August 24th, 2017
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UK: Etonian Tony Little doesn’t want British schools to follow China

“Let us stand up for robust academic rigour and applaud our young people for their achievements, but let us not confuse league table success with a good education.”
EdChron Desk on August 6, 2014 - 8:08 am in EdNews, MAIN, U.K., World

 

WORLD / U.K – Eton College’s outgoing headmaster Tony Little doesn’t think British schools should emulate the “league-table” success that China’s academic system produces.

Support for Barrowford’s note to students

A strong advocate of school-life balance, Tony Little wrote a piece in Viewpoint on the Radio Times. He wrote of the Barrowford Primary School headmaster’s note to her students (read the story here). He had keen interest on the public’s response to the said note as many either felt the note was “an overdue and necessary personal support of children, or a betrayal of their futures”.

“I have some sympathy with the criticism. We have a national tendency to underestimate what young people are capable of achieving academically, in some cases dramatically so, and our expectations should be high. We should allow no excuse for poor teaching. A sharp focus on performance is a good thing, but there is a great deal more to an effective and good education than jostling for position in a league table. The Lancashire teachers were right – there are many ways of being smart.”

“For a start, measuring only the easily measurable, such as exam results, can be misleading. There is a real risk that the measurable parts become more important than the whole. And we compound the problem by having an unimaginative exam system, little changed from Victorian times, which obliges students to sit alone at their desks in preparation for a world in which, for much of the time, they will need to work collaboratively.”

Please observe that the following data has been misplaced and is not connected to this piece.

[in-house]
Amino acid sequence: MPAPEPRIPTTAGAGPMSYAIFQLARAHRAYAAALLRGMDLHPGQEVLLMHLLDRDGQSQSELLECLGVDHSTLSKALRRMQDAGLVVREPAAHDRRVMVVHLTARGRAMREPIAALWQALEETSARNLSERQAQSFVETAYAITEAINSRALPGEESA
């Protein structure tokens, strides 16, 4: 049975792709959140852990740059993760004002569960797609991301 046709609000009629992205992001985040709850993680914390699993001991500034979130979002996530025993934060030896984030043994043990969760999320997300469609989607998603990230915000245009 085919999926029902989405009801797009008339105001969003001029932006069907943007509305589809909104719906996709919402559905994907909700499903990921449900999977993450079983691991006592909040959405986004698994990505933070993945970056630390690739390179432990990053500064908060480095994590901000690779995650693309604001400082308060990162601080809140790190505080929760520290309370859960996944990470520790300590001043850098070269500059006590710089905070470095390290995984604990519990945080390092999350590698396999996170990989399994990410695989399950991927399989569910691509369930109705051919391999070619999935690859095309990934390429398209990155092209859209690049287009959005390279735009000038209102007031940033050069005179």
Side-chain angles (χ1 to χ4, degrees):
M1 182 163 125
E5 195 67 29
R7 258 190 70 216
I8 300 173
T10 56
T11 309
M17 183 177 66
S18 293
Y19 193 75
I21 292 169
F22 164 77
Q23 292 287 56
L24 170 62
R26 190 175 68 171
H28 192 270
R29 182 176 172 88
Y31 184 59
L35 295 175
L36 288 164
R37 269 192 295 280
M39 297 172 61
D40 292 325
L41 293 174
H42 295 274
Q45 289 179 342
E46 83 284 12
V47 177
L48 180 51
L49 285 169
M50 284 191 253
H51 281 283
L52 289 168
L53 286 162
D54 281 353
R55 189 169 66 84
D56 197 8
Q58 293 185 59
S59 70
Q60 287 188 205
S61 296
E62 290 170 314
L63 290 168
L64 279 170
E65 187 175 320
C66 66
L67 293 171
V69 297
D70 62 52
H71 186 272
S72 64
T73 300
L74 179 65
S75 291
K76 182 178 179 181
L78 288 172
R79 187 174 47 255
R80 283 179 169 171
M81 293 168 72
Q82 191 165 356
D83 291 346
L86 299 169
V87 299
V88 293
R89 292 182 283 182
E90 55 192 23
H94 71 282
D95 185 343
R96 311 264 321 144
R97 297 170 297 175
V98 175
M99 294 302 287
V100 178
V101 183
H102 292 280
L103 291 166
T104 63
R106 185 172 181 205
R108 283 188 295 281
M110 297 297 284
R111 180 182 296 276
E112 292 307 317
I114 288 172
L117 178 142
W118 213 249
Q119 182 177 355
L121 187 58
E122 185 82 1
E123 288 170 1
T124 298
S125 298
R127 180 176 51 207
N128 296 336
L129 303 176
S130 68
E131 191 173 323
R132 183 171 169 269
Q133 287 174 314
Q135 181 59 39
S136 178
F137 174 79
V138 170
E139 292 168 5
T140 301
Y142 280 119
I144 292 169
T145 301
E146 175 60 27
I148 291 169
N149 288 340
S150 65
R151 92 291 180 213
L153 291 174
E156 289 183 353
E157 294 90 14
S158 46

We are following China, when China wants to follow our system

Former Education Secretary Michael Gove’s speech in April to the British Chambers of Commerce about vocational education, literacy and numeracy, he highlighted for outstanding schools to “take the lead in our new Chinese maths teacher exchange programme, inviting Chinese teachers to England and sending our leading maths teachers to China, to learn from each other – and to help make sure that our pupils get a maths education every bit as good as that in the most successful jurisdiction in the world.”

In his article, Tony Little related his conversation with a top school leader in Shanghai who voiced reservations that their school system was being stifled by tough university entrance exams, and was looking to Britain for inspiration on how to teach youngsters the skills they need to work in a global economy.

“Here is the irony; we seem intent on creating the same straitjacket the Chinese are trying to wriggle out of… We should be wary of emulating Shanghai just as they themselves see some value in the liberal values of an all-round education – something we have traditionally been good at.”

He concluded his writing with the following line:

“Let us stand up for robust academic rigour and applaud our young people for their achievements, but let us not confuse league table success with a good education.”

A spokesperson for the Department for Education responded to Mr Little’s criticism: “We make no apology for holding schools to account for the results their pupils achieve in national tests and public examinations. Parents deserve to know that their children are receiving the very best possible teaching. But all good schools know that there is no tension between academic success and an excellent all-round education.”

A firm believer of morals and values

This isn’t the first time the headmaster of the prestigious Eton College – which lists Prince Harry, David Cameron, The Duke of Cambridge, Boris Johnson and the Archbishop of Canterbury among its alumni – had disagreed with the pressure on league-table academic success.

In a 2013 interview with The Guardian, when asked how he would advise Gove (the Education Secretary at the time), Mr Little stated the problem was “finding the right balance between a drive for standards, so that every child in the country is enabled to access different types of education that they might wish to access, on the one hand; and on the other, not being susceptible to a top-down driven measurement culture, which reduces the key elements of what I think a school fundamentally is about, which is to do with holistic development – the all-rounded person; enabling young people to develop that true sense of self-worth, which is, in my view, absolutely essential if [they] are going to be able to stand up for themselves and stand up for a purpose higher than themselves.”

Tony Little is retiring as the headmaster of Eton College in 2015, having served since 2002.

 

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